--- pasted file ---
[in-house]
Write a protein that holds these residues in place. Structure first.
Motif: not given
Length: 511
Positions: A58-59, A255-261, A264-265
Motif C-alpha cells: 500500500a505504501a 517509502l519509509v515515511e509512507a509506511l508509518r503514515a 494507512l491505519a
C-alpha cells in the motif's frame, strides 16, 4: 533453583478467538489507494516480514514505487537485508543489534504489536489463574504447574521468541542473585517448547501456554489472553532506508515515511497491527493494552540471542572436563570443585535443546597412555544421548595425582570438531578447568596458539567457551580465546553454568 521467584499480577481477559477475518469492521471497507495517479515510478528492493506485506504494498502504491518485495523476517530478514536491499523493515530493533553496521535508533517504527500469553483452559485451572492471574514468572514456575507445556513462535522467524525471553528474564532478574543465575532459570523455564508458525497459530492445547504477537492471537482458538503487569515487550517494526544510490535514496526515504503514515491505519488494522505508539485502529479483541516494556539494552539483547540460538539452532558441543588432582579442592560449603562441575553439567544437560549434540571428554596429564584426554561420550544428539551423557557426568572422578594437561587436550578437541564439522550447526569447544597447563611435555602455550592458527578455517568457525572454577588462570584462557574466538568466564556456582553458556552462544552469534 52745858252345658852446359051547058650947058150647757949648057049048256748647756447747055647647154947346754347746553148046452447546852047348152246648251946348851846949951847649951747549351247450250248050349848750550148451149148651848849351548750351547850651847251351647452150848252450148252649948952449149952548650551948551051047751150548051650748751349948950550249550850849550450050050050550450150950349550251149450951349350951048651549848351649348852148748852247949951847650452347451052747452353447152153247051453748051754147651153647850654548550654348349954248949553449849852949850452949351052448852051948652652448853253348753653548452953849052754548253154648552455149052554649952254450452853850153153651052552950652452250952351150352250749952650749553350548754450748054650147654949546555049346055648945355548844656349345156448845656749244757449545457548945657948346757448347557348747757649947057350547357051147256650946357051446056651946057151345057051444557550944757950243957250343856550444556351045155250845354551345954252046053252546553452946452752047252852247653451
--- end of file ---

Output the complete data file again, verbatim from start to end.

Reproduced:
[in-house]
Write a protein that holds these residues in place. Structure first.
Motif: not given
Length: 511
Positions: A58-59, A255-261, A264-265
Motif C-alpha cells: 500500500a505504501a 517509502l519509509v515515511e509512507a509506511l508509518r503514515a 494507512l491505519a
C-alpha cells in the motif's frame, strides 16, 4: 533453583478467538489507494516480514514505487537485508543489534504489536489463574504447574521468541542473585517448547501456554489472553532506508515515511497491527493494552540471542572436563570443585535443546597412555544421548595425582570438531578447568596458539567457551580465546553454568 521467584499480577481477559477475518469492521471497507495517479515510478528492493506485506504494498502504491518485495523476517530478514536491499523493515530493533553496521535508533517504527500469553483452559485451572492471574514468572514456575507445556513462535522467524525471553528474564532478574543465575532459570523455564508458525497459530492445547504477537492471537482458538503487569515487550517494526544510490535514496526515504503514515491505519488494522505508539485502529479483541516494556539494552539483547540460538539452532558441543588432582579442592560449603562441575553439567544437560549434540571428554596429564584426554561420550544428539551423557557426568572422578594437561587436550578437541564439522550447526569447544597447563611435555602455550592458527578455517568457525572454577588462570584462557574466538568466564556456582553458556552462544552469534 52745858252345658852446359051547058650947058150647757949648057049048256748647756447747055647647154947346754347746553148046452447546852047348152246648251946348851846949951847649951747549351247450250248050349848750550148451149148651848849351548750351547850651847251351647452150848252450148252649948952449149952548650551948551051047751150548051650748751349948950550249550850849550450050050050550450150950349550251149450951349350951048651549848351649348852148748852247949951847650452347451052747452353447152153247051453748051754147651153647850654548550654348349954248949553449849852949850452949351052448852051948652652448853253348753653548452953849052754548253154648552455149052554649952254450452853850153153651052552950652452250952351150352250749952650749553350548754450748054650147654949546555049346055648945355548844656349345156448845656749244757449545457548945657948346757448347557348747757649947057350547357051147256650946357051446056651946057151345057051444557550944757950243957250343856550444556351045155250845354551345954252046053252546553452946452752047252852247653451